Leaked plans have revealed a concrete proposal from UEFA and a host of Europe’s top clubs to restructure the Champions League into a more elitist setup.
While this typically allows the likes of Liverpool, Man United, Man City, Chelsea, Arsenal and Tottenham to vie for the four spots in the top-tier tournament on a yearly basis, there are clear exceptions.
Leicester’s fairytale title triumph in 2015/16 saw them enter the Champions League, while across the continent there are countless other examples of ‘smaller’ clubs breaking into the elite.
Ajax’s route to the semi-finals is used as evidence of this by the New York Times, who claim to have “obtained documents” that indicate plans to “calcify” the competition.
In short the proposal, which is “the product of a project that appears to have been in the works for more than a year,” would grant the top 24 teams from the previous season’s Champions League automatic entry for the next.
This is, clearly, a means to ensure the ‘biggest’ clubs are in the tournament year-by-year, with the financial boost of competing allowing them to further extend the gap.
The Champions League would remain a 32-team competition, but UEFA are said to be planning to restructure its setup into four groups of eight, with the top four qualifying for the last 16.
This would “create dozens more matchups of elite clubs to sell to broadcasters, with some perhaps on weekend dates that are traditionally reserved for domestic league play.”
The Times‘ report continues to outline how there could be a “32-team second-tier competition” and a “third division with 64 teams,” with promotion and relegation between.
Winners of the Eredivisie, the Belgian First Division A and the Primeira Liga would be among those in these ‘lesser’ competitions, and “only four of the 32 places [in the Champions League] would be reserved for incoming clubs each season.”
Changes would be put into place from 2024, and while they are clearly unlikely to negatively impact Liverpool, they are damaging to the credibility of European football as a whole.
It is unfortunately symptomatic of the rich-get-richer approach taken by the ‘biggest’ clubs, which was highlighted as the Premier League‘s big six were successful in their bid to obtain a higher proportion of overseas TV rights last June.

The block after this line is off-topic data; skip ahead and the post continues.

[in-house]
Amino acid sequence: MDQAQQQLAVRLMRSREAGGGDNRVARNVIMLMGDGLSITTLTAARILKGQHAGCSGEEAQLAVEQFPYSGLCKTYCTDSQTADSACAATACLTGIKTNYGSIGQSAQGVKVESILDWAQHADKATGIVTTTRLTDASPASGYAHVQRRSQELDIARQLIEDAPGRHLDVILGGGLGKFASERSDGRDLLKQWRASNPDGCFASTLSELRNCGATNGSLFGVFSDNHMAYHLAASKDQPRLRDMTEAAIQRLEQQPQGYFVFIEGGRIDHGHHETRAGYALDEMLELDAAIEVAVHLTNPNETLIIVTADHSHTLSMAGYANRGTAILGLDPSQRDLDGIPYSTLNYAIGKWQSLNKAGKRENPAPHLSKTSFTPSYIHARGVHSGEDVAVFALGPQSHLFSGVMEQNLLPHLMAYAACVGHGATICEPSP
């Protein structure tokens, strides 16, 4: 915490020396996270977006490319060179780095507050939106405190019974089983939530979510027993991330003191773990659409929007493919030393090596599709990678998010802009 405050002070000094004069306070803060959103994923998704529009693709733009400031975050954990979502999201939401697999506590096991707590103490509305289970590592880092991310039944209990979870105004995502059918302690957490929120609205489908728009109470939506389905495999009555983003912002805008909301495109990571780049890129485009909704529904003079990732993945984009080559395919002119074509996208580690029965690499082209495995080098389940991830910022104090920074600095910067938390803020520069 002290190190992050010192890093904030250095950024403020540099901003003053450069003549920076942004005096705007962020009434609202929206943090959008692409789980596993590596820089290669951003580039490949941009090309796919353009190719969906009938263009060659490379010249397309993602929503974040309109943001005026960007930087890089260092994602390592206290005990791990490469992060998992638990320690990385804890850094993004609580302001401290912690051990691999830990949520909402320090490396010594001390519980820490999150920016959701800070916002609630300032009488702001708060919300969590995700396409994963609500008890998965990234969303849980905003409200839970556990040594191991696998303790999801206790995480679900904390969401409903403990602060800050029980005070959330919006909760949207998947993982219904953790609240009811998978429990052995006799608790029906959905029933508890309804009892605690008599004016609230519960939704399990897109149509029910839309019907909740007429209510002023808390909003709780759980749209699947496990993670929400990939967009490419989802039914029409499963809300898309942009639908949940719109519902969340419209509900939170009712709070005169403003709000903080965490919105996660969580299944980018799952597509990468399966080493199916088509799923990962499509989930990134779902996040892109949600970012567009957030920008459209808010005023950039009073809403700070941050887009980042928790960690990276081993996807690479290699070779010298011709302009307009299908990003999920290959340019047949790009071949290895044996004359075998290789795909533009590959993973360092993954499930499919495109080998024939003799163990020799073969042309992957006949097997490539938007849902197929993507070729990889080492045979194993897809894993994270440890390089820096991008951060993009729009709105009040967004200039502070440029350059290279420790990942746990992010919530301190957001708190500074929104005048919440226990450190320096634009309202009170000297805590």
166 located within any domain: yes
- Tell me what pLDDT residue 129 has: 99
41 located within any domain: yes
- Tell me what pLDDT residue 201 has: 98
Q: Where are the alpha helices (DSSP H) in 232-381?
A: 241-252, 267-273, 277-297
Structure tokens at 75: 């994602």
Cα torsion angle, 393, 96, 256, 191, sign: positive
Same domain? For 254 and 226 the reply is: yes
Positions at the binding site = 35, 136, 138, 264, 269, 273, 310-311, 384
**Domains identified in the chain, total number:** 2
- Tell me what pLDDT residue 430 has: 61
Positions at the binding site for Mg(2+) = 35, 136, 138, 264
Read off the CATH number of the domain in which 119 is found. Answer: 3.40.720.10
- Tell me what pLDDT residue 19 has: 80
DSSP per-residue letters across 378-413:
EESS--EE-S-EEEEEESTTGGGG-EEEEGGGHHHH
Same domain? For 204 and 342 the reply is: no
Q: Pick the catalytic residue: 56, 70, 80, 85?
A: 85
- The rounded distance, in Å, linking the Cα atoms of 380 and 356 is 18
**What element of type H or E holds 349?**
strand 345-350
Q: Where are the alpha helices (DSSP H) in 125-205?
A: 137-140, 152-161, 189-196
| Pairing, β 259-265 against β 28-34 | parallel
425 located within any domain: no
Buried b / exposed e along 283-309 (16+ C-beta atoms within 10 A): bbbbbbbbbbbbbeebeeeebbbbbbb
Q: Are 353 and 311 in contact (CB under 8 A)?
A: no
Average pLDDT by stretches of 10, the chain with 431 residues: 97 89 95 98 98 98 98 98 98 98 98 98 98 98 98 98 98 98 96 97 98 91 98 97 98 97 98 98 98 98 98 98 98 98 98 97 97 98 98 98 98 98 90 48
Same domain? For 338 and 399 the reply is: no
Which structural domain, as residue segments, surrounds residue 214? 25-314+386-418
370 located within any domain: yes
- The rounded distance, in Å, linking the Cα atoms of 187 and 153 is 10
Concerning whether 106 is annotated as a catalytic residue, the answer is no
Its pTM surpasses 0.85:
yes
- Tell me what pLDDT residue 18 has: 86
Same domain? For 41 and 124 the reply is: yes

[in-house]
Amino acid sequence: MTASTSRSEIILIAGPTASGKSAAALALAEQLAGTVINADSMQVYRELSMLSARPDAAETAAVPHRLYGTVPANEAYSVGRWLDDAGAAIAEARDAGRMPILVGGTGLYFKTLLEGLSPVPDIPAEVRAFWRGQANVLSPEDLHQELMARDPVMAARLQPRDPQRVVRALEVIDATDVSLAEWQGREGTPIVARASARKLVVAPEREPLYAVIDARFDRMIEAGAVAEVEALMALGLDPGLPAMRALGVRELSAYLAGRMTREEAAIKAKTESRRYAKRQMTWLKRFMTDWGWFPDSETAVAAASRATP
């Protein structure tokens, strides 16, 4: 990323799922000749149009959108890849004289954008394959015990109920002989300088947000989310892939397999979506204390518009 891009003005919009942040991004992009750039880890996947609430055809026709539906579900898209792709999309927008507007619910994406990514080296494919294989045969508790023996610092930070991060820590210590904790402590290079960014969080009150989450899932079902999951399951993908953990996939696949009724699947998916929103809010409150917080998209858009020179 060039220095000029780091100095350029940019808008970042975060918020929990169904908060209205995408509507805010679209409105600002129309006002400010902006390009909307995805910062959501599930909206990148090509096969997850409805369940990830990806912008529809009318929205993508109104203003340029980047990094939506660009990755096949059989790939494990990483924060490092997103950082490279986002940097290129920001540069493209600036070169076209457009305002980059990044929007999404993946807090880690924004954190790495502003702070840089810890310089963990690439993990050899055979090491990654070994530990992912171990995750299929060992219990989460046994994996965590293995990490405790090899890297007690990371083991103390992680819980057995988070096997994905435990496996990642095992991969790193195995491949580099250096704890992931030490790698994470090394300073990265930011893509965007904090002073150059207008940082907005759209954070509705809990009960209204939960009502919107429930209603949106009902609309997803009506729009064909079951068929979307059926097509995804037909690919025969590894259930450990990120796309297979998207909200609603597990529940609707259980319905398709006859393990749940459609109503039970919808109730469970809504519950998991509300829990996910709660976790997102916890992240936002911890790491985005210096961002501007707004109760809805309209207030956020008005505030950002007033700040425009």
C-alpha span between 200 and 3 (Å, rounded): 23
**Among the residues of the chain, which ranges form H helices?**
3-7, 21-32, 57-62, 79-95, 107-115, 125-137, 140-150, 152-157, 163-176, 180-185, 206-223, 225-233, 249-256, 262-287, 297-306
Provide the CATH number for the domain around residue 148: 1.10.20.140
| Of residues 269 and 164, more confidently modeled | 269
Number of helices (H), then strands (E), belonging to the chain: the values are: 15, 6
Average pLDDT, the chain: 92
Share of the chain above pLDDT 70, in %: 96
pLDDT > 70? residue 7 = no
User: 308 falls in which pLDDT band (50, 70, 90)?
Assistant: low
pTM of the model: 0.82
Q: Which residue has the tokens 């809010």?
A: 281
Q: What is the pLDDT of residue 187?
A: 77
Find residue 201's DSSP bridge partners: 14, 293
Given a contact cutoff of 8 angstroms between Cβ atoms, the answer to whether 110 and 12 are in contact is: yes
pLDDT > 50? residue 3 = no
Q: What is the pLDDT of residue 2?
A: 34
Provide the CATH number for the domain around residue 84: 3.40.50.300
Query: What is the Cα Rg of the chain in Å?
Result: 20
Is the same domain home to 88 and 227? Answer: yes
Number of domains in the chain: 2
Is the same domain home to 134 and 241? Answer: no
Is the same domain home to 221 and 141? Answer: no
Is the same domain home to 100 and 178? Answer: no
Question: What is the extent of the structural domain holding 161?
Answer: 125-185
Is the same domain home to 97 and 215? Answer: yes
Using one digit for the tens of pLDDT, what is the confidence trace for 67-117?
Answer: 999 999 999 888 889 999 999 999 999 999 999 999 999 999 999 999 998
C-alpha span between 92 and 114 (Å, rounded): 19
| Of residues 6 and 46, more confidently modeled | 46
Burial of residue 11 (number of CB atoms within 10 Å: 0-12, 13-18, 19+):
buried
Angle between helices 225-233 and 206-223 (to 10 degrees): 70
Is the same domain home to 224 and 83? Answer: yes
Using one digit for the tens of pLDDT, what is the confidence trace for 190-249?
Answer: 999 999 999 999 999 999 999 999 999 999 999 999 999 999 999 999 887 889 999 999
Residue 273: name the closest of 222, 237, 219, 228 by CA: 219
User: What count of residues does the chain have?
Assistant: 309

Just 33,226 of a possible 68,000 seats have been made available to Reds and Spurs fans hoping to attend the Wanda Metropolitano on June 1, while 12,000 of 68,700 will be split by Chelsea and Arsenal in Baku on May 29.
The official explanation for the miserly allocation for the Europa League final is due to “the geographical location and logistical capacity of airports in and around the host city.”
Supporters will require a visa to travel to Azerbaijan, while Arsenal‘s Armenian midfielder Henrikh Mkhitaryan may be forced to miss out for fear of his personal safety.
“Going to Baku in a Europa League final, it’s really funny. These guys who make the decisions I don’t know what they have for breakfast when they do it.
“Last year we go to Kyiv, a wonderful city, but that a team from Russia or that part of the world will be involved is not really likely.
“Then you have to go there and everybody has to prepare…now Madrid has to be prepared.
“And Baku? No clue how to go there, if there’s any regular flights at all.
“These decisions, they must be much more sensible, more reasonable. It looks irresponsible, I don’t know how they do it.”
Liverpool supporters hoping to travel to Madrid for the Champions League final have already faced familiar problems with price hikes for flights and hotels.